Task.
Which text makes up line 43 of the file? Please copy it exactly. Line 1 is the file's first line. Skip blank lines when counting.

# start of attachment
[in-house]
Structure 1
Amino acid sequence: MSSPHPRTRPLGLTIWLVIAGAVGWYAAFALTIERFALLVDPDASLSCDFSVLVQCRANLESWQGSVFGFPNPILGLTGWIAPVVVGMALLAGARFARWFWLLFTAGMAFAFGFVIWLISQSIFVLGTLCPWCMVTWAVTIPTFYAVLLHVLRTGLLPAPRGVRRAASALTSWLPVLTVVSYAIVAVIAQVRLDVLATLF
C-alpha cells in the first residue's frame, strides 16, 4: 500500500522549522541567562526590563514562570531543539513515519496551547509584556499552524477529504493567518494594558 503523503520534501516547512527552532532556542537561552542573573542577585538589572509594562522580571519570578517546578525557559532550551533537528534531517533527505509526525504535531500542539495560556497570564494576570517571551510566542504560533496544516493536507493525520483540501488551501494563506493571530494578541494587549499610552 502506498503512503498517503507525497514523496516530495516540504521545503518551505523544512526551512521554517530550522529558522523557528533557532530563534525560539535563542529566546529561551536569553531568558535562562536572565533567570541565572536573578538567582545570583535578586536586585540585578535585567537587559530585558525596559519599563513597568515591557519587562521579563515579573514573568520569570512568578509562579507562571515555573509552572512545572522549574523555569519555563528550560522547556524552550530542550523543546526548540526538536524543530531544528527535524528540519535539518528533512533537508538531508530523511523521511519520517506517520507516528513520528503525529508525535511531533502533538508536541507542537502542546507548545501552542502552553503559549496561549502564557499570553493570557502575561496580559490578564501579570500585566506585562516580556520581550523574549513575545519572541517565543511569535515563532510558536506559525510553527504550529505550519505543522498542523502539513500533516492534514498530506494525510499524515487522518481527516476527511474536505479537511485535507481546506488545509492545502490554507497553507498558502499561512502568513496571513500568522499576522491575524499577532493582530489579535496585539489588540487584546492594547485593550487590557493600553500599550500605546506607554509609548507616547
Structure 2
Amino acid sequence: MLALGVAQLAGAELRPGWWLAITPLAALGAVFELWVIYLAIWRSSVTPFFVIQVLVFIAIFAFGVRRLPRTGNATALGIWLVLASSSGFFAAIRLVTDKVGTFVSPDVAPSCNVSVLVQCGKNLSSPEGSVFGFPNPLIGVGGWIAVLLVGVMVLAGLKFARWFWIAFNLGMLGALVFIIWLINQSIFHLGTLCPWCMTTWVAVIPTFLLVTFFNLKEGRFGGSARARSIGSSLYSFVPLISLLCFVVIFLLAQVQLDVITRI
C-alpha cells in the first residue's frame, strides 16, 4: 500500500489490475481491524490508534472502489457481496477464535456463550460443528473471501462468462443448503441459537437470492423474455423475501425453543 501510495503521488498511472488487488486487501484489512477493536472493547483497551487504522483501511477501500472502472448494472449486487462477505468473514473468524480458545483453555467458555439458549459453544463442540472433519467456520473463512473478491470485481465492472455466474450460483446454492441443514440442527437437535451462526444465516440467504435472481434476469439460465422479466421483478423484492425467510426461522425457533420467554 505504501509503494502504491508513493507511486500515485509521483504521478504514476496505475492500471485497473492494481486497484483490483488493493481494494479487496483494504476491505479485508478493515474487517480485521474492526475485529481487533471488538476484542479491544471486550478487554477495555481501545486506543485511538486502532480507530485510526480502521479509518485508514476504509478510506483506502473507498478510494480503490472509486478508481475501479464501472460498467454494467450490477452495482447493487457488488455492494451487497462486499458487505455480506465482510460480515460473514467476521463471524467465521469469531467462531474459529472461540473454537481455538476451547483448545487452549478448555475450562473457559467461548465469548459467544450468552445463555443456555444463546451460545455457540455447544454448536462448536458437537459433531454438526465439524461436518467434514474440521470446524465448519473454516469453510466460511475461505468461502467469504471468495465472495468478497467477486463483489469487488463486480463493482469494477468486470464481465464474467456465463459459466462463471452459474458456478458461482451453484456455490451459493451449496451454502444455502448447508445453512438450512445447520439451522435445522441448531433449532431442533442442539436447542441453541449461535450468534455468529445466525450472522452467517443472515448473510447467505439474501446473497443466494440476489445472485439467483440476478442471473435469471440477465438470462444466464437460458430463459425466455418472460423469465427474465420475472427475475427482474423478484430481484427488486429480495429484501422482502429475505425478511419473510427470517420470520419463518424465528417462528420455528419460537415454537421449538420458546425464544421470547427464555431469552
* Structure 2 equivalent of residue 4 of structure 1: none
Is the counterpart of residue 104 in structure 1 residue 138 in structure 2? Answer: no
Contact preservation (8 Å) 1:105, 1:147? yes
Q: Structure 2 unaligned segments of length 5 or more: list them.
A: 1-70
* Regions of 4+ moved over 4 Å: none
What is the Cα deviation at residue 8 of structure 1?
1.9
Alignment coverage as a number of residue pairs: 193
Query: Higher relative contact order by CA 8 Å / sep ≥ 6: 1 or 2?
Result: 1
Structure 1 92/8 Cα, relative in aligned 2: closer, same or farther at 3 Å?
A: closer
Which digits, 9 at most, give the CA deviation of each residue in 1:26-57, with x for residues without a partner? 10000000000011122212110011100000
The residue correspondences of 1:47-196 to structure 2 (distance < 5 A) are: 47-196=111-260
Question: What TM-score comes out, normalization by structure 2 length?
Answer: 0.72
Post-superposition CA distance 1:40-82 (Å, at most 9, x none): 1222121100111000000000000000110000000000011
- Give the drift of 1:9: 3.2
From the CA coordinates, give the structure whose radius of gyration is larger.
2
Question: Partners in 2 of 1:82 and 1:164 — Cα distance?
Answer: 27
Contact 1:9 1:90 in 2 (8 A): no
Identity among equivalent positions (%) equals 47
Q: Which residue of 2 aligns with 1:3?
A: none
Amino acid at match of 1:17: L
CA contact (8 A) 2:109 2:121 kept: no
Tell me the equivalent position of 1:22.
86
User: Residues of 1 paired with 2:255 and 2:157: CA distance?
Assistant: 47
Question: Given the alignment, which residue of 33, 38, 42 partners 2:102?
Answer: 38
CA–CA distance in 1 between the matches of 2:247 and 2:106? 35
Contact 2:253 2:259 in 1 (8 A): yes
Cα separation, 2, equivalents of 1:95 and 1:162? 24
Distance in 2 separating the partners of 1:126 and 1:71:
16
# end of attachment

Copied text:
CA–CA distance in 1 between the matches of 2:247 and 2:106? 35